It's too bad a lot more examiners don't do the same. If the majority of the good, competent, professional examiners took this approach and refused to let themselves be sold cheaply, the poor paying carriers would be forced to increase their rates or be stuck with shitty examiners and shitty service.
IOW, get what they pay for.
You can't have both. If the new PC doesn't cut rates with IC, it doesn't get in the door to make change. However, instead of passing the losses to the examiners, the new PC takes on the loss instead.
Why can't people understand that "more of the same" hasn't and won't work?
And in the entire history of this business have you ever seen a PC take the hit so they could pay examiners more?
Look at all the crap examiners are expected to pay for; cell phones, internet service, lab kits, fax machines, computers, centrifuges, butterflies and on and on and on. Hell, they even have examiners bearing the cost of printing packets.
That's not the PCs taking the hits, that's the PCs passing their costs and even their job responsibilities onto examiners.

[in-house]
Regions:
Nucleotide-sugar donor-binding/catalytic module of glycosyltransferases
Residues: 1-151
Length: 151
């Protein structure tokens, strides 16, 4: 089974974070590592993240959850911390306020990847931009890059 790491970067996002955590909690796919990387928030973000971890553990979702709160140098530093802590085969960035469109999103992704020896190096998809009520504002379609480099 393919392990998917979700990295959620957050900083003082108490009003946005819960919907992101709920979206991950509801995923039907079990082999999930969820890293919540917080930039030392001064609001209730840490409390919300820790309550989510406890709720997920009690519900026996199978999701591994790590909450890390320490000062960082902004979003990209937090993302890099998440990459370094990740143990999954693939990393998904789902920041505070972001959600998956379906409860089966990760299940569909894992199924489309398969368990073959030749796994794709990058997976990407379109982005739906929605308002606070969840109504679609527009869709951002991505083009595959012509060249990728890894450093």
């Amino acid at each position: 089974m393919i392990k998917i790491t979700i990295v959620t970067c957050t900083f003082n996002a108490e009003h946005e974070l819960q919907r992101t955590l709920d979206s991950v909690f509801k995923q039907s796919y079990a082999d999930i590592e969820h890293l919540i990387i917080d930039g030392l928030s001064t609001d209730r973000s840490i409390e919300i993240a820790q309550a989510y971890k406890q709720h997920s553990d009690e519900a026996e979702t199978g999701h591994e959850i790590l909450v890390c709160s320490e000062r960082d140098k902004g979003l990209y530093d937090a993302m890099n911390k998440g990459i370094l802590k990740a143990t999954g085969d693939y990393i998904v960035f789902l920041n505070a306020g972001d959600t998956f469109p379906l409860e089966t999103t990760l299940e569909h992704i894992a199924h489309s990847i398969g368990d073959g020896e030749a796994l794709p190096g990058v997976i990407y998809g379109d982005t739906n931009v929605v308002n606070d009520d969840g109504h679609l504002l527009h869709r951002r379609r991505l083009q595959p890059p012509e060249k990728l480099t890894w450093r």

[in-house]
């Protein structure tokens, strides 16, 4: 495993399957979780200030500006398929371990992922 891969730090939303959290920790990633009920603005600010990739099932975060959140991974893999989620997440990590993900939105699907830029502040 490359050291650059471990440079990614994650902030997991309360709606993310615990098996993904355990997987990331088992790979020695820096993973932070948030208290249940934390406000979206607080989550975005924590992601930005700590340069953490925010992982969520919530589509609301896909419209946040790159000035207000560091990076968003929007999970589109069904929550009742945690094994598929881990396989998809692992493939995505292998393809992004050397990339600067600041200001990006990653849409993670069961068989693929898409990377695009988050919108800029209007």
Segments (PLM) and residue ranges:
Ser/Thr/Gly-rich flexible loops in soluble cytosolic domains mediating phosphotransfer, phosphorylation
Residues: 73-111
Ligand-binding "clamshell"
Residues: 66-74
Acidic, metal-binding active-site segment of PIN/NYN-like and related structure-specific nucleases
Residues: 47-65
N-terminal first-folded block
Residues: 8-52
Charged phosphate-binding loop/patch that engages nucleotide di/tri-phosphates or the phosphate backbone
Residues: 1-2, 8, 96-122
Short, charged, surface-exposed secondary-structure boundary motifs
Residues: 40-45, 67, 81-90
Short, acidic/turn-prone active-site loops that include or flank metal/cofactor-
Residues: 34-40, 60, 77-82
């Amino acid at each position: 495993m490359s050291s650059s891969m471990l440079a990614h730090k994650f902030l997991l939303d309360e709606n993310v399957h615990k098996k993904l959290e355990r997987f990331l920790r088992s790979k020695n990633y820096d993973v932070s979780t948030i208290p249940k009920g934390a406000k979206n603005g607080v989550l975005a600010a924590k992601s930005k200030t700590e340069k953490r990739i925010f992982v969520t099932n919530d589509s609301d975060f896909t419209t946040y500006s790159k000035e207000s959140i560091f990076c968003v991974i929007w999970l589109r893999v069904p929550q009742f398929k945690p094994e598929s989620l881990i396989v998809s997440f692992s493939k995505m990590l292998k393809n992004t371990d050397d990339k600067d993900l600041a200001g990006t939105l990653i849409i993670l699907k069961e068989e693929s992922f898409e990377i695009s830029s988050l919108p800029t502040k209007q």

But, when everything is said and done, the examiners are the ones really at fault.
When examiners will work for peanuts or are willing to undercut one another to get the work, the PCs and ICs win.
There've been numerous attempts to bring examiners together under one umbrella and even to get this business recognized as a profession. The result? A very vocal majority of examiners fighting against it and even more complaining about it, if there was any cost to them at all, no matter how small.
If the majority of a work force doesn't value itself enough to unite, there is no hope.
You seem to be an intelligent, experienced examiner so why aren't you understanding this?
Users browsing this forum: No registered users and 2 guests